Some workplaces communicate through direct messaging apps, others via e-mail, but NHL dressing rooms run on good old-fashioned text messages.
Wander around the ice-level concourse of an NHL arena and players, coaches and agents can often be found tapping away at their smartphones during idle moments.
It's unlikely they have spent much time thinking about the consequences of what they're writing – consequences that were laid bare in NHL commissioner Gary Bettman's ruling upholding a 20-game suspension to Calgary Flames defenceman Dennis Wideman for cross-checking an official.
Toward the end of the 23-page document, Bettman refers to a now-infamous text Wideman fired off to a teammate saying, "the only problem and the only reason I'm here is 'cause of the stupid refs and stupid media."
Wait, the NHL has a version of subpoena power? It can obtain and reveal private communications?
Yes and no.
According to the collective agreement between the NHL and the NHL Players' Association, the league falls under the ambit of U.S. labour law.
As a result, arbitration procedures such as an appeal to the commissioner are subject to broad disclosure requirements, and while evidence can't be compelled via orders – in the way a court can – it's in the interests of the parties to co-operate and turn over all non-privileged information (including correspondence with lawyers and spouses).
"He could have refused, but then a negative inference could be drawn from that refusal," said Eric Macramalla, a lawyer at Gowlings and frequent TSN contributor.
Worse, it could have led to an unfair labour practices complaint before the U.S. National Labour Relations Board – a process with uncertain consequences.
Besides, American case law and constitutional privacy rights limit the scope of the fishing expedition.
According to Colorado-based privacy and cybersecurity lawyer David Navetta, who has written extensively on cellphones and the workplace, it's more difficult for employers to obtain private communications from devices they don't own – and hockey players don't typically carry team-issued phones.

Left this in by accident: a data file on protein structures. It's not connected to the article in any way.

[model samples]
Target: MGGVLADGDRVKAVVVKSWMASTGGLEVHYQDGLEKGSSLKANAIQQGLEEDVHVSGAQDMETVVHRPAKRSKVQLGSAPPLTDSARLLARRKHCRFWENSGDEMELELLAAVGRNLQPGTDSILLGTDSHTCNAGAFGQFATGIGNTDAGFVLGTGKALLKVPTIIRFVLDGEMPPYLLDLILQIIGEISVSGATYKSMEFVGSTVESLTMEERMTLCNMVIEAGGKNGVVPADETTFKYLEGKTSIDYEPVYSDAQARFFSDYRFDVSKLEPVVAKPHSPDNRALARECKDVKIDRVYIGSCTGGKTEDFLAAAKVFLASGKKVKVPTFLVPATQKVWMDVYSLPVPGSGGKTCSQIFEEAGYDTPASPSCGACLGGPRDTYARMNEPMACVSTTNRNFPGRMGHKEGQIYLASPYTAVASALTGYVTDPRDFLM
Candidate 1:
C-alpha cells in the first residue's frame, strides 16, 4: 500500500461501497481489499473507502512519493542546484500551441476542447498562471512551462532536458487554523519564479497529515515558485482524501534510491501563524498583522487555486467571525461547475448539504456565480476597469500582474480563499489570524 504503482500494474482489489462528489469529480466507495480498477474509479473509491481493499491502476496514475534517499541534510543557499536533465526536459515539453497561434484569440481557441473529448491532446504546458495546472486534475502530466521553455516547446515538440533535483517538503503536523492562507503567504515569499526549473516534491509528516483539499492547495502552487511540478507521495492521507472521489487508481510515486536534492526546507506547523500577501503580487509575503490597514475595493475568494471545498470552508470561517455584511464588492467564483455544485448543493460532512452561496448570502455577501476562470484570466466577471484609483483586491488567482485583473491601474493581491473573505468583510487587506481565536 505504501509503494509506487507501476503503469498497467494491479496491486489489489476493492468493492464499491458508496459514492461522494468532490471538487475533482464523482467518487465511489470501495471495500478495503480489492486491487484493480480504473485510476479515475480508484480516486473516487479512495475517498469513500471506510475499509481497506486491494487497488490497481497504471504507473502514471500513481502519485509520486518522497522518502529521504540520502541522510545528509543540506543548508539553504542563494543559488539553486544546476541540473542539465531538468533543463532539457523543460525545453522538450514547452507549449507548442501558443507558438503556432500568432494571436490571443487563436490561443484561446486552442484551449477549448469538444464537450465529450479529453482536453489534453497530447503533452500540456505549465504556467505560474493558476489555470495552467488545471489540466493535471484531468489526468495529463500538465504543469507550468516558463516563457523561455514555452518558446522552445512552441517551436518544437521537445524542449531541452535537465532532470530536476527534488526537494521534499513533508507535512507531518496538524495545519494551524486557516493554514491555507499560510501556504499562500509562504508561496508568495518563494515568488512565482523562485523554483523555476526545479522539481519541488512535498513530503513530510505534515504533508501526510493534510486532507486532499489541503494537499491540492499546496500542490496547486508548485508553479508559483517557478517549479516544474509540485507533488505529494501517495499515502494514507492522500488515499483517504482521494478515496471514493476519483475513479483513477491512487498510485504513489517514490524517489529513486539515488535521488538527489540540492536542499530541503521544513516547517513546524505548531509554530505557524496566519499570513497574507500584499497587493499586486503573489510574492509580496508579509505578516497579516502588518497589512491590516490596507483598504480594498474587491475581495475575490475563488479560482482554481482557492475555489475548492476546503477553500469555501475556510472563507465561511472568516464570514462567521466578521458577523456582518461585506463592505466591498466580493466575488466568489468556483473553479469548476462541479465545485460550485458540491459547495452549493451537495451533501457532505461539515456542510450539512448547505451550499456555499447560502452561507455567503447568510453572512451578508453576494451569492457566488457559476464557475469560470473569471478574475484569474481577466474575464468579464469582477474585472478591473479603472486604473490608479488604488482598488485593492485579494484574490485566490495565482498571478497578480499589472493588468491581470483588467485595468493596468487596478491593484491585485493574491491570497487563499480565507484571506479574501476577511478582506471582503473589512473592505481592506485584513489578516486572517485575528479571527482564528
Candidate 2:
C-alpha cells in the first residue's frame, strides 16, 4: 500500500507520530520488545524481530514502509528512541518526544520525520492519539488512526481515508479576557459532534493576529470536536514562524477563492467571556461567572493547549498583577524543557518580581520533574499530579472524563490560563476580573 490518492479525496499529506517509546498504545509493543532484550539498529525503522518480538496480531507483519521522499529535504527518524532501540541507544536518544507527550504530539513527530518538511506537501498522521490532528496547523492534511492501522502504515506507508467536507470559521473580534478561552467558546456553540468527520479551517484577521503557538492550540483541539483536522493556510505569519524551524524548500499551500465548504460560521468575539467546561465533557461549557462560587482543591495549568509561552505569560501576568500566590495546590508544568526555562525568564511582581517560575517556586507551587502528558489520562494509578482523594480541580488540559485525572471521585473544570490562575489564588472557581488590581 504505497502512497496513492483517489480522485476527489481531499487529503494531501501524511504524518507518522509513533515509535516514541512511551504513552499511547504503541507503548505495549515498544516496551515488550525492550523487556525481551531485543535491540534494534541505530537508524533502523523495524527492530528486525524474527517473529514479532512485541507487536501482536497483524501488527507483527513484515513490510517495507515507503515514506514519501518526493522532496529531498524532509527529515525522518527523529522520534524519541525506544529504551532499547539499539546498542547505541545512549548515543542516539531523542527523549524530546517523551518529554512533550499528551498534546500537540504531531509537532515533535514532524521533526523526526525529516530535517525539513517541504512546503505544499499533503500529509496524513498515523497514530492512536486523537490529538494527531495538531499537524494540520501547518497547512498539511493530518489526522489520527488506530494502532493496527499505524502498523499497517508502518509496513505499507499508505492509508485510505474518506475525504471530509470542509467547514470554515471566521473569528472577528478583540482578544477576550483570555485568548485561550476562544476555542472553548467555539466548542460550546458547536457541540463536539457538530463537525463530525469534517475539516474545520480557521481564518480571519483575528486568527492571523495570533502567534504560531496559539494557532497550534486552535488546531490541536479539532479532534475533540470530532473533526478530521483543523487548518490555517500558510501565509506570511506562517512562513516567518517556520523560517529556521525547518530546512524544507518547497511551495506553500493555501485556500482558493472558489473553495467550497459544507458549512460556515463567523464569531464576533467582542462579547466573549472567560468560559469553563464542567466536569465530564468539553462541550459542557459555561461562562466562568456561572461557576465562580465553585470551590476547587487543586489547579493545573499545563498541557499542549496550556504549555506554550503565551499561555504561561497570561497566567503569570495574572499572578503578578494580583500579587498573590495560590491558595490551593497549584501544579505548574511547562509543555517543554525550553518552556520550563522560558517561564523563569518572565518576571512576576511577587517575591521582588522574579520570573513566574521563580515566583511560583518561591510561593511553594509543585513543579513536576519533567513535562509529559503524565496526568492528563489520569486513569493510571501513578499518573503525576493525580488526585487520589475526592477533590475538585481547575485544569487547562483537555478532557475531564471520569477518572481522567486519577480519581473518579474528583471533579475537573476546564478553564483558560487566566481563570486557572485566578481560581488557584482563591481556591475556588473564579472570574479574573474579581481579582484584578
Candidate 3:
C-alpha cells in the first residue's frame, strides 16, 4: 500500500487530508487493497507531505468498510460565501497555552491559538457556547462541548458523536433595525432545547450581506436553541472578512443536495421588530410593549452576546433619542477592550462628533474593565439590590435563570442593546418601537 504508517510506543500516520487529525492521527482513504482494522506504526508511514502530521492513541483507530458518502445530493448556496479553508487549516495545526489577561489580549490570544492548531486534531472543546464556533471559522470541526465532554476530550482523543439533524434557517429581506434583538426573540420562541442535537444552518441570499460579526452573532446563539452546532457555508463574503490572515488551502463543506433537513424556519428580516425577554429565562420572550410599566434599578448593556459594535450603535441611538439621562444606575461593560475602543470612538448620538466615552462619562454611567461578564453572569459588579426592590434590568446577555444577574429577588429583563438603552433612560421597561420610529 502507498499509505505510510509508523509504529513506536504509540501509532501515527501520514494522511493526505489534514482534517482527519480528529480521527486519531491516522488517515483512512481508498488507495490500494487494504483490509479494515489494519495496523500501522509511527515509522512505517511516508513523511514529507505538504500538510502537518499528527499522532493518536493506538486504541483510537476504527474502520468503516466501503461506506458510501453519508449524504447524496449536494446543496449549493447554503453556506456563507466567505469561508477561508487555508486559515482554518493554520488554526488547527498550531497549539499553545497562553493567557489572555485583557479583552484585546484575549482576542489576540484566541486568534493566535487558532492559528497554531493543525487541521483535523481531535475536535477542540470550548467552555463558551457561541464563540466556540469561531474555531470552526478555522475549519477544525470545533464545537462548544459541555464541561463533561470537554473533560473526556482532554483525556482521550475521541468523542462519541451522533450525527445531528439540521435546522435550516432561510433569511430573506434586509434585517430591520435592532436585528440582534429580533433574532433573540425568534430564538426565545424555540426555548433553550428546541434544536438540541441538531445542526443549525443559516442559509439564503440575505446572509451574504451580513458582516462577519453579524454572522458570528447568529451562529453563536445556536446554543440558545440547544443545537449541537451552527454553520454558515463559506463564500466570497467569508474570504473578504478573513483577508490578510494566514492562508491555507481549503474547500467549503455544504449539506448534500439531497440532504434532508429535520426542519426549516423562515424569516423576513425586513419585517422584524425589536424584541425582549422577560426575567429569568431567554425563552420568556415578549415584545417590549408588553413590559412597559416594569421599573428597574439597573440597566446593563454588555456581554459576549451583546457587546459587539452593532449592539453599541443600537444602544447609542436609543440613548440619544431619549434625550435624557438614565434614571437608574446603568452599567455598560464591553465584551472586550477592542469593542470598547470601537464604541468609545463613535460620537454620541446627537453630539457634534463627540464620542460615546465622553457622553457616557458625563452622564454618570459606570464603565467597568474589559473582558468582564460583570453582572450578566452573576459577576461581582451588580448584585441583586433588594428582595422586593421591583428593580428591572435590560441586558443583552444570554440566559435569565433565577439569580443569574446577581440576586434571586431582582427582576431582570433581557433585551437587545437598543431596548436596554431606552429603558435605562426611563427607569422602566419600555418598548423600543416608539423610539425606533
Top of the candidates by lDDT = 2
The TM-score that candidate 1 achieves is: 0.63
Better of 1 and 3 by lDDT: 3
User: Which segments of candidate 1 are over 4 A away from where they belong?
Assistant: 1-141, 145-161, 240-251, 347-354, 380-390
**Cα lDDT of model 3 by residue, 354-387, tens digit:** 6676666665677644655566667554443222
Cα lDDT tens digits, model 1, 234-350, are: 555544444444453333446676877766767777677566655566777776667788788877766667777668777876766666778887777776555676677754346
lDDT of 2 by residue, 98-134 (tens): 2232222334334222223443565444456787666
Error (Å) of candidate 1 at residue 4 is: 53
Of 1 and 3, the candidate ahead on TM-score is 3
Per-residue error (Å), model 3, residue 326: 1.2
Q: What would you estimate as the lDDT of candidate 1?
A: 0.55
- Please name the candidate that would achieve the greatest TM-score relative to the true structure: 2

Even then, they can only generally access the data that relates directly to whatever it is that's being investigated.
"Typically, just because you can have access to information X doesn't mean you'll also be able to look at information Y," said Navetta, a partner at Norton Rose Fulbright in Denver.
Strictly speaking, there is nothing new about the procedure in which Wideman – and linesman Don Henderson – handed over their texts and all other "relevant documentation."
Similar provisions have existed in previous iterations of the labour agreement, and the Wideman case is analogous to what the NFL demanded from New England Patriots quarterback Tom Brady as part of the Deflate-gate probe.
In Brady's case, one of the three cellphones he carried at the time was damaged – depending on one's point of view it either broke or was smashed – and much of the information on it was unrecoverable.
He still disclosed thousands e-mails and text messages; in the end texts sent by Pats staffers were used to support several conclusions in the Wells Report – an NFL-ordered investigation into the under-inflated balls imbroglio.
In Wideman's case, the oft-cited text had little to do with the justification behind the suspension.
"It was largely irrelevant," Macramalla said.
Instead, Bettman used the text to support the decision not to reduce the penalty, which he could have done in the presence of mitigating factors.
The NHLPA has appealed the decision to an independent arbitrator, who could consider the case as soon as next week if the parties can find a time and place to meet.
It's also worth mentioning that the disclosure requirement cuts both ways – the NHLPA had access to Henderson's texts and e-mails – and that it's possible for the parties to introduce new evidence at each stage of the process.
As the Wideman appeal grinds to its final conclusion, it wouldn't be surprising if players around the NHL started plugging "how to permanently delete texts" into the nearest search engine.
What would Macramalla's advice be?
"It's simple: don't text, don't e-mail," he said.